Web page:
Academic journal article Canadian Public Administration

Coping with Canadian Federalism: The Case of the Federation of Canadian Municipalities

Academic journal article Canadian Public Administration

Coping with Canadian Federalism: The Case of the Federation of Canadian Municipalities

Article excerpt

In the mid-1960s, John Meisel and Vincent Lemieux studied the Canadian Federation of Mayors and Municipalities (CFMM) as part of the research completed for the Royal Commission on Bilingualism and Biculturalism. (1) They examined how CFMM was coping with tensions in the Canadian federation and concluded it was not coping well, largely because it was failing to accommodate growing nationalism in Quebec. Today, criticisms of what is now the Federation of Canadian Municipalities (FCM) would more likely relate to a newer tension in the Canadian federation: that arising from the growing importance of the largest cities. This article discusses what happened between then and now, and concludes that while CFMM-FCM did not adapt well in the 1960s and 1970s, it has managed in the last two decades to play a constructive and increasingly successful role.

Municipal governments in Canada and their associations

There were 3,726 municipal governments in Canada in March 2005, down from about 4,400 in 1997 (mainly because of amalgamations in Ontario and Quebec), and from about 4,600 at the end of the 1960s. The structure and average size of municipalities vary widely from province to province, reflecting history and geography and the different ways provincial governments have exercised their constitutional control over local governments.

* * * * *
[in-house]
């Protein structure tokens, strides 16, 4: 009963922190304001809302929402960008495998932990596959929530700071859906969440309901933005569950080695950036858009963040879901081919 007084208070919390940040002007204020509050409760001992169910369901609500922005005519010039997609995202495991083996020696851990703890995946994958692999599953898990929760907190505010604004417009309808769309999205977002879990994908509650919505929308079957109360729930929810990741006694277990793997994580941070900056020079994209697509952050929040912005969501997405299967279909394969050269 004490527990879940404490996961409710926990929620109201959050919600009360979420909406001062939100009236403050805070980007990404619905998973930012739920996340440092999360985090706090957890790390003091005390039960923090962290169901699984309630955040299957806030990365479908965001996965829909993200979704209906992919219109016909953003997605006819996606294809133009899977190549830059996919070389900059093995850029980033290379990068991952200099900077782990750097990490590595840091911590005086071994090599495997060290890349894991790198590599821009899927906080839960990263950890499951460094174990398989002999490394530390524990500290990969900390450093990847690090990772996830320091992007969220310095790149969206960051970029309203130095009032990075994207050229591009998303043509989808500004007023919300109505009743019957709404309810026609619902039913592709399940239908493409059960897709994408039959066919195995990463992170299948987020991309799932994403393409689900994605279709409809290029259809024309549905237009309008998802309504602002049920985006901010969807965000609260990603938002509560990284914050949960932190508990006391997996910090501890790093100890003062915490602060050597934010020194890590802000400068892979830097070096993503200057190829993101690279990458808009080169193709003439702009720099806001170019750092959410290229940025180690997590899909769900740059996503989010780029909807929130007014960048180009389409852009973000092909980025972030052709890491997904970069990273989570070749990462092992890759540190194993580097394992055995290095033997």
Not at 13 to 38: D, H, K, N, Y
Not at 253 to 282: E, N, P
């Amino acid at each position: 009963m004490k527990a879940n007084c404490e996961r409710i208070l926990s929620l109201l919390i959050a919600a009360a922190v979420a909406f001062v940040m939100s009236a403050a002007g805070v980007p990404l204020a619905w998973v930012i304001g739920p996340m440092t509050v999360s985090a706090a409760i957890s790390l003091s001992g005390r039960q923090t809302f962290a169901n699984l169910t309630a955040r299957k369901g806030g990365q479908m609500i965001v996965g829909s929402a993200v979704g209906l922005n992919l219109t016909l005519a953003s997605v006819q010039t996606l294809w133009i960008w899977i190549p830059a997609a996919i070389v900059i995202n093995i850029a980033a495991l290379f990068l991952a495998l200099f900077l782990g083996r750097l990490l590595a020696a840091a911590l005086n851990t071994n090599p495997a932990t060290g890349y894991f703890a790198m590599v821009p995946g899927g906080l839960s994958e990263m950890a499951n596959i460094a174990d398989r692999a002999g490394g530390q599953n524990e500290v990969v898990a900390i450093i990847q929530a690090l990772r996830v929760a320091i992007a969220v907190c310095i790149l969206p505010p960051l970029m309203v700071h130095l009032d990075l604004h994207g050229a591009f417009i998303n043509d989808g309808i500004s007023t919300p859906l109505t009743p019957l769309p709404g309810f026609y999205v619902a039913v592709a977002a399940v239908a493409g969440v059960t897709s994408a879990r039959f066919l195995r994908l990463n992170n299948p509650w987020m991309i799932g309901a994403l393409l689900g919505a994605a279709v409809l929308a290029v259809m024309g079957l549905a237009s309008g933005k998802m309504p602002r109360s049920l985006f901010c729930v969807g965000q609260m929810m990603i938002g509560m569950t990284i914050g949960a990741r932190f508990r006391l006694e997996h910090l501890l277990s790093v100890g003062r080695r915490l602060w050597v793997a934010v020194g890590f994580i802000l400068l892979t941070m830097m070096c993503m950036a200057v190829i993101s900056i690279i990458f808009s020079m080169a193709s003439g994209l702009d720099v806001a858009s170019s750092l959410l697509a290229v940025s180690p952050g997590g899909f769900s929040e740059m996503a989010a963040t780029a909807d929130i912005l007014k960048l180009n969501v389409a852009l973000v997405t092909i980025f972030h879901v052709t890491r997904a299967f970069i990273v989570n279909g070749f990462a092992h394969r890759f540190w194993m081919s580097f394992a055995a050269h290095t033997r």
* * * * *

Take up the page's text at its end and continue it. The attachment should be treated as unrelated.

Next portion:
In most Canadian provinces, municipalities have a large degree of autonomous responsibility for such "hard" local services as water and sewage services, garbage collection and disposal, and roads. Larger municipalities and many smaller ones are also responsible for fire protection, policing, recreational activities, licensing and inspecting, planning and zoning, public transit, and a range of community amenities. Municipal responsibility for social programs and services varies from province to province.

The prime revenue source for municipal governments in Canada is the property tax. Other locally-generated revenue comes mainly from licences, fees, and user charges. Conditional and unconditional grants by provincial governments, the second largest source of municipal revenues, are declining in relative importance in most provinces with the progressive disentanglement of provincial-municipal responsibilities. In recent years some provincial governments have engaged in explicit sharing of what had been provincial revenue sources, such as gasoline and hotel taxes.

As Canada has urbanized (or, more precisely, "suburbanized'), and especially since the mid-1960s, provincial governments have changed local government structures from the forms originally established for more rural societies. Restructuring initially involved establishment of upper-tier regional or metropolitan governments for urban areas, particularly in British Columbia, Ontario, and Quebec. In the last two provinces, a more recent trend has been creation of large single-tier municipalities, with the present cities of Toronto and Ottawa being conspicuous among many examples. (2) Elsewhere, single-tier local governments have remained the norm, while adaptations have been made to the traditional two-tier county systems in more rural areas.

Since 1990, several provincial governments have undertaken legislative changes to provide greater autonomy for municipalities, allowing action on local matters without specific provincial authorization. In spite of these moves towards more municipal autonomy--which followed fifty years of growing municipal dependence on provincial governments--local government in Canada remains heavily dependent on the legislative, program policy, and financing decisions of provincial governments. All provincial governments have ministries primarily devoted to municipal affairs with responsibility for overall municipal legislation and the conduct of relations with municipalities, and most provinces have programs that directly affect municipal activity.

For several decades each province has had at least one municipal association whose main objective has been to advance the interests of its membership with the provincial government and agencies. …

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